How to Be Productive Working a Hybrid Schedule


In 2021, after a full year of working 100% remotely, I moved to a hybrid schedule once vaccines rolled out, and people wanted to once again spend time with humans from outside their household. I continued to implement time blocking and time estimations for creating realistic to-do lists as I’d done before COVID.  


In last week’s post, I shared my top three tips for working from home more productively. All of those tips also apply to working from home when you work a hybrid schedule. As promised for this week’s post, I’ll add on four tips that should be considered when transitioning between the office and home when working a hybrid schedule. 


1 – Decide on your hybrid schedule. 

You could go into the office each day to work a half day and work the other half at home. This will give you the opportunity to attend meetings in person, have important face-to-face communications, and alleviate a fear that many people suffer from: not being seen leads to being forgotten. (So far, there’s been no proof of this.) However, if your commute is more than 15 minutes each way, you might consider consolidating your onsite hours to two days per week in order to save time and money by not commuting on the other three days.   

2 – Set up two offices. 

If you must constantly carry supplies and work materials back and forth, this just adds to your to-do list, plus it increases the probability of forgetting or losing something. If your work materials are files, go digital as much as possible to avoid misplacing important documents. 

3 – Keep your schedule consistent.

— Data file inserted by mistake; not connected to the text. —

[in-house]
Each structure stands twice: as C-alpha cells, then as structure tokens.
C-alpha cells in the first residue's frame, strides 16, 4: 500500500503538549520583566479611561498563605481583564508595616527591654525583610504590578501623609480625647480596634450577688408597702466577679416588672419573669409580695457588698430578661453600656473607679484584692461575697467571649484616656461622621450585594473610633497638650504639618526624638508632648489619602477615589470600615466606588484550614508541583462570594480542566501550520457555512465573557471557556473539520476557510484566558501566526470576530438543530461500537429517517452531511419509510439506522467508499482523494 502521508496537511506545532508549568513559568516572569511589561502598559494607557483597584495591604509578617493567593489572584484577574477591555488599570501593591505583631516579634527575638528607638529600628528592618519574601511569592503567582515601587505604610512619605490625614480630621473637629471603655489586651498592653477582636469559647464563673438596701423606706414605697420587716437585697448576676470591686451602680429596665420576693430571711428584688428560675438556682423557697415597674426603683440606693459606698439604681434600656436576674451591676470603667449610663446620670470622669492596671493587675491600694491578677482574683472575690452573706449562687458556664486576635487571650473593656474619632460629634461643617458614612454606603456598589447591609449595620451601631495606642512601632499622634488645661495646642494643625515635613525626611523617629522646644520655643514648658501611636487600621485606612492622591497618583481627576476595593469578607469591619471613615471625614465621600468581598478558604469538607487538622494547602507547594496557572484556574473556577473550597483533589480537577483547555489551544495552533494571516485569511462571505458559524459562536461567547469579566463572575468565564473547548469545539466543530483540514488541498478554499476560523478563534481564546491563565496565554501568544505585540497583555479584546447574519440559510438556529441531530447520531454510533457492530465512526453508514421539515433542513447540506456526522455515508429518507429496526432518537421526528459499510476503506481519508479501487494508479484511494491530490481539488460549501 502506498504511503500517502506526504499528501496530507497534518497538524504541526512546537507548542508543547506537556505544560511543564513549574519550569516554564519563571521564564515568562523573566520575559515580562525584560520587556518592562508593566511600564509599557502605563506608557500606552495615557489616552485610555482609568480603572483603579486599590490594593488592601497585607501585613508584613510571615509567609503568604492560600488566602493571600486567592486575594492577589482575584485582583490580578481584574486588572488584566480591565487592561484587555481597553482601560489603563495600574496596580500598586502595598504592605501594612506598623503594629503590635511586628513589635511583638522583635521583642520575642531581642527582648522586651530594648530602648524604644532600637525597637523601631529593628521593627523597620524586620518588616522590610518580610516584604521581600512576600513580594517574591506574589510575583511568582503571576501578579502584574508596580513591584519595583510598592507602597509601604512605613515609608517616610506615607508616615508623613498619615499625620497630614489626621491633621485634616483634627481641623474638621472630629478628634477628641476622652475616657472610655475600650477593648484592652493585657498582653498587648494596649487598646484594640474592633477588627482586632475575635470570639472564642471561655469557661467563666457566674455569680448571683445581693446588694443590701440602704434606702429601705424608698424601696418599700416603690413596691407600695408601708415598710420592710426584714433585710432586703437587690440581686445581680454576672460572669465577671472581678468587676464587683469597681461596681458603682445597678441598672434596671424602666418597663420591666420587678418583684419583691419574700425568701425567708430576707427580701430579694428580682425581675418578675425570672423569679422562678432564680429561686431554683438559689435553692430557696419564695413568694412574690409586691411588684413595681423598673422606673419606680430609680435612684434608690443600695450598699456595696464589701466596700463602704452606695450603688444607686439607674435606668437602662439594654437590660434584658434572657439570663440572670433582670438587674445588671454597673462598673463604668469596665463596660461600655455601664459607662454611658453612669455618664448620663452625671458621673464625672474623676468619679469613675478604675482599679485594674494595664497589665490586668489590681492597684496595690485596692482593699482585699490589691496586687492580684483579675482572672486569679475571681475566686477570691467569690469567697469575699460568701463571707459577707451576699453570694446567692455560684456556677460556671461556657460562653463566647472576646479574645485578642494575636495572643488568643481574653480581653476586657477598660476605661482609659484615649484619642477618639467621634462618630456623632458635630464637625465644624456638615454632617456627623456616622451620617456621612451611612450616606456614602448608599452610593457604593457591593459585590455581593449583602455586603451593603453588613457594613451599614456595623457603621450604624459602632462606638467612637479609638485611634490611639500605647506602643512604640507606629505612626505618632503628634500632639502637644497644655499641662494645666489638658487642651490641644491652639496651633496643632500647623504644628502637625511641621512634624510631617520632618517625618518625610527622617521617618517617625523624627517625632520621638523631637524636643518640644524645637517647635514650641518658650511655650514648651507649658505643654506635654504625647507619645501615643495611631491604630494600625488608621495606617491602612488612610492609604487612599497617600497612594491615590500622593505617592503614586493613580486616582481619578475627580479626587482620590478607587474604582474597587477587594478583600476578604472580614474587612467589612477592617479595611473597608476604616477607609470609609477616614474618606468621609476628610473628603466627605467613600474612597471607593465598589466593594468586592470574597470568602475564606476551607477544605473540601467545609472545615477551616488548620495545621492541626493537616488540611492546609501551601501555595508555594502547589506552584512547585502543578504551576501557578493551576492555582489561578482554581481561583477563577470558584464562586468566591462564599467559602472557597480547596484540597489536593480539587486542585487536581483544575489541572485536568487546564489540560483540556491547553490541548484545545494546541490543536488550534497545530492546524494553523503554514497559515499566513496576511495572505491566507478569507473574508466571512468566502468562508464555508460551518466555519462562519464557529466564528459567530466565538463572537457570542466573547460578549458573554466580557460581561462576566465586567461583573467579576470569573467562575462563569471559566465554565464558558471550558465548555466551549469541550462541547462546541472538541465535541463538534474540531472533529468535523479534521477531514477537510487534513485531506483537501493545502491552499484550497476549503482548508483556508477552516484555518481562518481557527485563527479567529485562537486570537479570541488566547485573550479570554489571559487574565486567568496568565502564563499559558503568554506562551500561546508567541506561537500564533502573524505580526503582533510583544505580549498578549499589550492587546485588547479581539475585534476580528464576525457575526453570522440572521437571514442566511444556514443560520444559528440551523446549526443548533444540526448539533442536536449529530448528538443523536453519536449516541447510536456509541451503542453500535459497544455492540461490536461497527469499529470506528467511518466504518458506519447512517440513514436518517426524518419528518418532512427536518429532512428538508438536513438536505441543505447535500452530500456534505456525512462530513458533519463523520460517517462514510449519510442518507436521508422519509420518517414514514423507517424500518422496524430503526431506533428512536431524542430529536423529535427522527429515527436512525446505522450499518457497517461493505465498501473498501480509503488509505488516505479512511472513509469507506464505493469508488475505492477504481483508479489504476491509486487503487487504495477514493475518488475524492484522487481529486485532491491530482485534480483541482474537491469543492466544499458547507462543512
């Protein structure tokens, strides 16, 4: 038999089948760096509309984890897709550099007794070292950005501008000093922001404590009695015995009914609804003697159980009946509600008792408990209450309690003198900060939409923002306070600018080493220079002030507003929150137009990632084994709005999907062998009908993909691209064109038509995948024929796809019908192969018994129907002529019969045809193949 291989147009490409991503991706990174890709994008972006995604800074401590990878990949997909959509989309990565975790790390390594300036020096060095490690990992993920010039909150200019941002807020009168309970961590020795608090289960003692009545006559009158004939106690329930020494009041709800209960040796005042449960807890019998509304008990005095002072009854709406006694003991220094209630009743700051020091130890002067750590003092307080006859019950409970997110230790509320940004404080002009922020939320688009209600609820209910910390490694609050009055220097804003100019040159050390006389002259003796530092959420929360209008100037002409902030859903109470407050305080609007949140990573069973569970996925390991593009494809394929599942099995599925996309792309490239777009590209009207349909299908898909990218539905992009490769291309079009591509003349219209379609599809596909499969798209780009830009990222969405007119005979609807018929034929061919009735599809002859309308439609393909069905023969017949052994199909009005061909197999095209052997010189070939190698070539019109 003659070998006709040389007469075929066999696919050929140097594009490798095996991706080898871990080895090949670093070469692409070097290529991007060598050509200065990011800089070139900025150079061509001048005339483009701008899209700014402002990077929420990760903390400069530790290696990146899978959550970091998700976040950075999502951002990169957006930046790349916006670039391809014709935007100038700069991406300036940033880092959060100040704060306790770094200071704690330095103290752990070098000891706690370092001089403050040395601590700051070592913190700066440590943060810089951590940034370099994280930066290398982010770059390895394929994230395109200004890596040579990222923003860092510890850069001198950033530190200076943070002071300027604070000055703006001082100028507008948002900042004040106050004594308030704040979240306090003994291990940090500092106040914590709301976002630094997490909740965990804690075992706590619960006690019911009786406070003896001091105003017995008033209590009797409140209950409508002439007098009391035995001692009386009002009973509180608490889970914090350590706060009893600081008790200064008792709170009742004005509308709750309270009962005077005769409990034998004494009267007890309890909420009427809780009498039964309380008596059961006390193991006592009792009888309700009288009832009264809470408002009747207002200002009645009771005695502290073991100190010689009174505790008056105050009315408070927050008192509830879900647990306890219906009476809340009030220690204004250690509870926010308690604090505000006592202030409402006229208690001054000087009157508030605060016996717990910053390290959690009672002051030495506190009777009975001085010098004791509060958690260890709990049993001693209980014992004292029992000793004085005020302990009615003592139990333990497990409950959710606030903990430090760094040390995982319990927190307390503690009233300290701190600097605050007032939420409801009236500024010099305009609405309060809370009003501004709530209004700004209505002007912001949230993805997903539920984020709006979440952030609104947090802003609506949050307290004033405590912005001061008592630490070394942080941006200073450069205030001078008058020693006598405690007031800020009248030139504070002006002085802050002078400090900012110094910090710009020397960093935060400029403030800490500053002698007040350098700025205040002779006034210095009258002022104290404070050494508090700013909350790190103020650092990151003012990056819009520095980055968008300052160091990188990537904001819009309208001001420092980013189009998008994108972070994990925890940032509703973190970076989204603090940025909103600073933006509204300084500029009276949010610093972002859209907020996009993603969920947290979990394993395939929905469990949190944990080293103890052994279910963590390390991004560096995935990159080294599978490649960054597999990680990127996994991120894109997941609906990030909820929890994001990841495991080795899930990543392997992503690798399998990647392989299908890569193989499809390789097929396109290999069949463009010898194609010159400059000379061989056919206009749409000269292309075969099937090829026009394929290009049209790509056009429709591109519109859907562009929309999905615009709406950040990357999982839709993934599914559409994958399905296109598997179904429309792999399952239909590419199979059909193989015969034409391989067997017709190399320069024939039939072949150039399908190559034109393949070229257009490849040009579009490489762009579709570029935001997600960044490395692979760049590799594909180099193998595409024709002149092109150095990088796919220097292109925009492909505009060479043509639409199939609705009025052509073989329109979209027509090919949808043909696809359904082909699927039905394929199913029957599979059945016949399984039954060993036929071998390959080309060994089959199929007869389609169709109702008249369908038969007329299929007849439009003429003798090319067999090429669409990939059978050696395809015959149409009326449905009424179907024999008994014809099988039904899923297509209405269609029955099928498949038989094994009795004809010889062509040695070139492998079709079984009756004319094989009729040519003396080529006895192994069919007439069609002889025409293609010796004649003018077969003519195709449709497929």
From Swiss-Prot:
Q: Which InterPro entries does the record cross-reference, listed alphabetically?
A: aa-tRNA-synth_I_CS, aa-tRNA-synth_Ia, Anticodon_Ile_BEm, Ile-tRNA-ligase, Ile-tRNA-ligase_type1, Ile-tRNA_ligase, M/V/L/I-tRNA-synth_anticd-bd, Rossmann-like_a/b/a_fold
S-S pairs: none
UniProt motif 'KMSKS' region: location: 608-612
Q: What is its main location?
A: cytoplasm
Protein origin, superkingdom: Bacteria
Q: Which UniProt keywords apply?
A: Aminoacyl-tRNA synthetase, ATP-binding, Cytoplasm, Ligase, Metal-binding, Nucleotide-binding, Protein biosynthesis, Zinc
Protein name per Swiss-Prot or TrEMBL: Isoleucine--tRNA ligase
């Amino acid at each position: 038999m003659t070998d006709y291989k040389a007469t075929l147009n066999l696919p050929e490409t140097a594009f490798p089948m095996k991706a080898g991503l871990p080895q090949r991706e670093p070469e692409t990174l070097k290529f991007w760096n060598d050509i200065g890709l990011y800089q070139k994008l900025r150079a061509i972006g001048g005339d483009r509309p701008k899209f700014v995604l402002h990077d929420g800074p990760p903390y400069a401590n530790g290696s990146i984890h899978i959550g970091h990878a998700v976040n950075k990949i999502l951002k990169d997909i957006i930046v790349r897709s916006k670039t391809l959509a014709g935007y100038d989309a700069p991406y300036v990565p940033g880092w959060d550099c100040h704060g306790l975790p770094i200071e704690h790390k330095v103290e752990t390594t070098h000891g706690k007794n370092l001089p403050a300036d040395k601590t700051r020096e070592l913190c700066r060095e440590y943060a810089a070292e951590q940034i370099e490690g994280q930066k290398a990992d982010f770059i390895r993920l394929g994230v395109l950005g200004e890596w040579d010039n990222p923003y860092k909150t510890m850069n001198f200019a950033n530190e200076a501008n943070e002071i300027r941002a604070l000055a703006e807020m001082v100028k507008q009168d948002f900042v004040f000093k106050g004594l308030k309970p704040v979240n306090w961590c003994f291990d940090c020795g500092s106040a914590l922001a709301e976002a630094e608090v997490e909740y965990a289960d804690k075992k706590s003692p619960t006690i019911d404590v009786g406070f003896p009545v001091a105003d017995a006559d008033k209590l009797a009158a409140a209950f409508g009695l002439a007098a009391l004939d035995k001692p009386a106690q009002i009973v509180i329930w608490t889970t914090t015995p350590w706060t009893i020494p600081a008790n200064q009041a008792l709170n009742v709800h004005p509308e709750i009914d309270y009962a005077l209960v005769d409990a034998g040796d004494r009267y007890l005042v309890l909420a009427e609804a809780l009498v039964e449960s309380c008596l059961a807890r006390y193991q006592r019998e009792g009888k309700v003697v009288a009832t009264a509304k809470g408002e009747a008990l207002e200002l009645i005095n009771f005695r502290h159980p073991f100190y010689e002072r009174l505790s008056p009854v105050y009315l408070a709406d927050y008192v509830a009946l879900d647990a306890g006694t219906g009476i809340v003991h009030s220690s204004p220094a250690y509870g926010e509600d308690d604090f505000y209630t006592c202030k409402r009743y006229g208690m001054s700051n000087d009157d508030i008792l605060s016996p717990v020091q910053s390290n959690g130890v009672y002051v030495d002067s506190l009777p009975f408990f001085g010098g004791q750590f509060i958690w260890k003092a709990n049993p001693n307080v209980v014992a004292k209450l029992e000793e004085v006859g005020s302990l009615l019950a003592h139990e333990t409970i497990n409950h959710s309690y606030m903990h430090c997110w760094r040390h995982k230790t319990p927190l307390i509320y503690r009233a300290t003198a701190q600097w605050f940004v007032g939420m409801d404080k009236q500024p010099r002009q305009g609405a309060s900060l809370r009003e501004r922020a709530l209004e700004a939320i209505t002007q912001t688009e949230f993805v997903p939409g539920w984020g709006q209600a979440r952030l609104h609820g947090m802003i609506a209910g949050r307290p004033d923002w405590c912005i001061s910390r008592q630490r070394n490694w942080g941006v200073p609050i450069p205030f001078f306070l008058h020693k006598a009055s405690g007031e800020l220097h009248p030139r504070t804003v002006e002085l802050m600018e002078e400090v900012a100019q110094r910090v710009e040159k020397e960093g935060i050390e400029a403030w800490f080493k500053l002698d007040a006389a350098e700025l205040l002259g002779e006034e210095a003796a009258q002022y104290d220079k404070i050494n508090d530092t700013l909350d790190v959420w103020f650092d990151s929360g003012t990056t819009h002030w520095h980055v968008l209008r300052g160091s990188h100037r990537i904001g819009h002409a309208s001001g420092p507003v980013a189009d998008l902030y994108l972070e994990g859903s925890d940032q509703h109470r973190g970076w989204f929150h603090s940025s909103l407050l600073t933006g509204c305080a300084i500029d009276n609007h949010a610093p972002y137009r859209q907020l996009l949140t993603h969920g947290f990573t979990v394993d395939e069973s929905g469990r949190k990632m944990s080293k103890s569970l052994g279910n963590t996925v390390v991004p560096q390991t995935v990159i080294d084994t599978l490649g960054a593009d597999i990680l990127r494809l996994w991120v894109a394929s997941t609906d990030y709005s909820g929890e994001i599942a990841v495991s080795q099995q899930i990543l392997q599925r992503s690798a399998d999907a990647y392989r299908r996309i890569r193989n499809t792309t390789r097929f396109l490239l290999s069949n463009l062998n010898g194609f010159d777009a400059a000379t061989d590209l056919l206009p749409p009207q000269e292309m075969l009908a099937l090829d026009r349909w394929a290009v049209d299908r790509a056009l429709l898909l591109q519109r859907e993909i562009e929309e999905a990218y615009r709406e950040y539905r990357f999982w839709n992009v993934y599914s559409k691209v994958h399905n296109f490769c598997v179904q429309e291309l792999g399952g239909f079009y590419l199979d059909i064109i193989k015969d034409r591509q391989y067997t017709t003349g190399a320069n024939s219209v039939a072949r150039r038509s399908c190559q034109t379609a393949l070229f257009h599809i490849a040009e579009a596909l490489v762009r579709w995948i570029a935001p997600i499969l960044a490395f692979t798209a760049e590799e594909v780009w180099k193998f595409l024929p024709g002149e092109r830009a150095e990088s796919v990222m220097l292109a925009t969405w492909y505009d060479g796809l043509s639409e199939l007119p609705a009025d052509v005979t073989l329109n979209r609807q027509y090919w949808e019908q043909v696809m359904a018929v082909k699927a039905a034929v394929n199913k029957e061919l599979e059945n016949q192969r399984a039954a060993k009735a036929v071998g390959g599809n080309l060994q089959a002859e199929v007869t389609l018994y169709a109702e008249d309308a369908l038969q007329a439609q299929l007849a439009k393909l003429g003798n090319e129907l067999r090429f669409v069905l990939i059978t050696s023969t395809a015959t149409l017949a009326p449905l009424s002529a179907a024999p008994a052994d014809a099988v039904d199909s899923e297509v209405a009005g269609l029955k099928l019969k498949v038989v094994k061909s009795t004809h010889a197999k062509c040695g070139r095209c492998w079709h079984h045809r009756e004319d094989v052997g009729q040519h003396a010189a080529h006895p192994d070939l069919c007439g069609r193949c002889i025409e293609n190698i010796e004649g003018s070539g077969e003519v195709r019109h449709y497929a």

If you can work the same days from home and the same days in the office each week, that will cut back on shuffling. Additionally, if at all possible, keep your same daily routines whether you work from home or in the office. Whether it’s a consistent weekly schedule or daily schedule, this will save you time. Your colleagues won’t be constantly scheduling you for meetings or making requests that clash with your schedule or location. When this happens, it costs you time when having to reschedule or make alternate arrangements. 

4 – Specify your location on your calendar. 

To help support the concept of the previous recommendation, especially if you don’t have the option of consistency, be sure to somehow notate your location on your calendar so colleagues will know where you’ll be instead of messaging, texting, Slacking or emailing you to ask you for that information, which will cost you time. 



For details on how to better manage your time whether you’re working from home or a hybrid, check out The Inefficiency Assassin: Time Management Tactics for Working Smarter, Not Longer.



About Helene Segura, M.A. Ed., CPO®

As The Inefficiency Assassin™, Time Management Fixer Helene Segura empowers professionals on the go with the tools to slay lost time. Personal inefficiency at work leads to increased stress levels, lower morale, higher absenteeism, more turnover – and rising spending on employee health care and hiring. Why not improve productivity, decrease stress levels, and increase profits instead?The author of four books – two of which were Amazon best-sellers – Helene Segura has been the featured organization expert in more than 200 media interviews. She has coached hundreds of clients to productivity success and performance improvement by applying neuroscience and behavioral modification techniques to wipe out destructive, time-wasting habits.Helene turns time management on its head by sharing both client case studies and pop culture examples to teach her mind-bending framework for decreasing interruptions, distractions and procrastination so that companies can spend more time generating revenue.

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